Visitors at the DWA often refer to "Pintada", the resident Jaguar, as a "cheetah" or "leopard". Of these three cats, only Jaguars have spots inside spots. They are also bigger, some weighing over 300 pounds (tigers and lions are the only bigger cats). Jaguars have a much stockier build and are excellent swimmers. They have massive jaws, with twice the biting power of a lion. They live alone, except when a female raises cubs. Found from Arizona to Argentina, they are endangered, due to hunting for their pelts and habitat loss. They often live 20 years in zoos.
Some of the few captive specimens have been mistaken for the much larger Harpy eagle. This remarkable resemblance extends to juvenile plumage -- newly fledged birds of both species have white heads. Crested eagles usually eat smaller monkeys than Harpies, and more often hunt reptiles. Like the Harpy eagle, it is considered Near Threatened, since it requires mature forest. Those at the DWA are now the only birds outside of Tropical America, though this species bred at the Oklahoma City Zoo some years ago.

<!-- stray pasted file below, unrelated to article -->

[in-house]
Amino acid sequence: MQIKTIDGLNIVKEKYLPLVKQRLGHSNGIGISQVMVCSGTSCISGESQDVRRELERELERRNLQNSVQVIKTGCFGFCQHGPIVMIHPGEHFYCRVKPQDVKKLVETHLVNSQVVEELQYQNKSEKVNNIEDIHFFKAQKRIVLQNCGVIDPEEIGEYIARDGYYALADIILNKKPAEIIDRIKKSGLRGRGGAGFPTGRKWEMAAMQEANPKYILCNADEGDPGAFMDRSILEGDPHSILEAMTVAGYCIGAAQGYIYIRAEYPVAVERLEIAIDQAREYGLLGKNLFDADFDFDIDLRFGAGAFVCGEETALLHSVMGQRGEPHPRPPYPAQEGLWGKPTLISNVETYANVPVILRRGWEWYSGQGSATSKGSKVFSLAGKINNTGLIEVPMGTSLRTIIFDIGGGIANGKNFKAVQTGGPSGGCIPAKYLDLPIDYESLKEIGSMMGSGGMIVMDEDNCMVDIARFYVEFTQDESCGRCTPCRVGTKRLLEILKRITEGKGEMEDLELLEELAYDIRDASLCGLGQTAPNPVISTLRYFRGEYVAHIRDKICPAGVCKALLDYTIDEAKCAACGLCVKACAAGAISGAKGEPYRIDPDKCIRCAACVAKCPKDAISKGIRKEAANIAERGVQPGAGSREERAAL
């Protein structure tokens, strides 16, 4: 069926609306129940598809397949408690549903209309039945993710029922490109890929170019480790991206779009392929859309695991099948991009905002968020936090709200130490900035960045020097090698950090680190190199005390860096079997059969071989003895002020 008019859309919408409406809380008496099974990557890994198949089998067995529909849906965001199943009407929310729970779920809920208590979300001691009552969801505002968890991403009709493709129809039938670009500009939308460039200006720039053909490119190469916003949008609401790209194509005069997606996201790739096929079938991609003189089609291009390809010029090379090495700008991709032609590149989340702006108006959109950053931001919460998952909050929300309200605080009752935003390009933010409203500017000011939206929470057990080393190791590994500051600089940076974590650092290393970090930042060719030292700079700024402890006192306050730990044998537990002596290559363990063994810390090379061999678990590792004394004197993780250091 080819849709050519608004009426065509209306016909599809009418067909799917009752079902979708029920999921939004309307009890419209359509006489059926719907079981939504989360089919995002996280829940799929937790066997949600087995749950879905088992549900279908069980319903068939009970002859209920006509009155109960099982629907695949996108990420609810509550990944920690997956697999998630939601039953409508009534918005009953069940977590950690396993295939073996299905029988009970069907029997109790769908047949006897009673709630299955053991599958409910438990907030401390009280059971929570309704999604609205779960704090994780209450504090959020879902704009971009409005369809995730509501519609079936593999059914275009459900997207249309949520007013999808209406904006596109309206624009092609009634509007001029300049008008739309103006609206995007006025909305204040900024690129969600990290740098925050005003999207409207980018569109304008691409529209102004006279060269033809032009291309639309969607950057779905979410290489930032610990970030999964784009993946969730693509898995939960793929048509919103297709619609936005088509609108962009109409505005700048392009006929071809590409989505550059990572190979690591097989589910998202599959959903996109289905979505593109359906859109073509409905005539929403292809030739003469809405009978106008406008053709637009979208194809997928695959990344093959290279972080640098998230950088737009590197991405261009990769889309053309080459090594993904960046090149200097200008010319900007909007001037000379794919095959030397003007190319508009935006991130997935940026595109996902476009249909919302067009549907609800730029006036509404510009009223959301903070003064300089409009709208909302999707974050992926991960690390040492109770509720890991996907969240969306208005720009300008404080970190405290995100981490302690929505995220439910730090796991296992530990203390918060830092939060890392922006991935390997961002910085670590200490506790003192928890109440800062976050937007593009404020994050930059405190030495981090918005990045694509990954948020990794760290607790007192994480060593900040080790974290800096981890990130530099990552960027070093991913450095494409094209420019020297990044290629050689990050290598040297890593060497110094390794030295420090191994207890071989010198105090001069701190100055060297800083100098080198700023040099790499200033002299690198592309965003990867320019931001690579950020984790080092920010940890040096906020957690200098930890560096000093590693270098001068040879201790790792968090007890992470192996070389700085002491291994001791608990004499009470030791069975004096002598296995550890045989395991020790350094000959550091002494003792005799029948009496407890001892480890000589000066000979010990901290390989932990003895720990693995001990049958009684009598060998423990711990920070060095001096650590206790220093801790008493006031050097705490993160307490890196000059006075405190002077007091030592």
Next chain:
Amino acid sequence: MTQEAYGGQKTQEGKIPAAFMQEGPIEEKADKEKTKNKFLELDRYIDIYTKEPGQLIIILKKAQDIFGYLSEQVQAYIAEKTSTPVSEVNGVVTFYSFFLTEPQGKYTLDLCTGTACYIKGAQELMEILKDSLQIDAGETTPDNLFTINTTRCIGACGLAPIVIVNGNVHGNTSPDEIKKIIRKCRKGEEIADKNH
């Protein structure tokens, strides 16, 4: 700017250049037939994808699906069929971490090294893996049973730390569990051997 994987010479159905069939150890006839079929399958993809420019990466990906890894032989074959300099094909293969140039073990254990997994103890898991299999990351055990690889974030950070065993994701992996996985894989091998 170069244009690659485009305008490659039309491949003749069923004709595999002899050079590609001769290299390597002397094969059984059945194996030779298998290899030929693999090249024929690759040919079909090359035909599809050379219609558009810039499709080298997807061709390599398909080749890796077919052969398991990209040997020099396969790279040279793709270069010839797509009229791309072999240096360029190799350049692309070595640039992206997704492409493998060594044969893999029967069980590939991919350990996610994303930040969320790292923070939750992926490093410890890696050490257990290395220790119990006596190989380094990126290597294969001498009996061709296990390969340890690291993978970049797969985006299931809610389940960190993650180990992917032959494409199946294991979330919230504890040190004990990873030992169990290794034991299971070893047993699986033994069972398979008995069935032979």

Named for a mythical crowned serpent, basilisks are specialized iguana relatives from Central and South America. They are capable of running on their hind legs so quickly that they can cross water without sinking. The ornate crest on the head is actually an extension of the skull. This species is found from Belize to Colombia, and is also now one of the many reptiles that have become feral in Florida.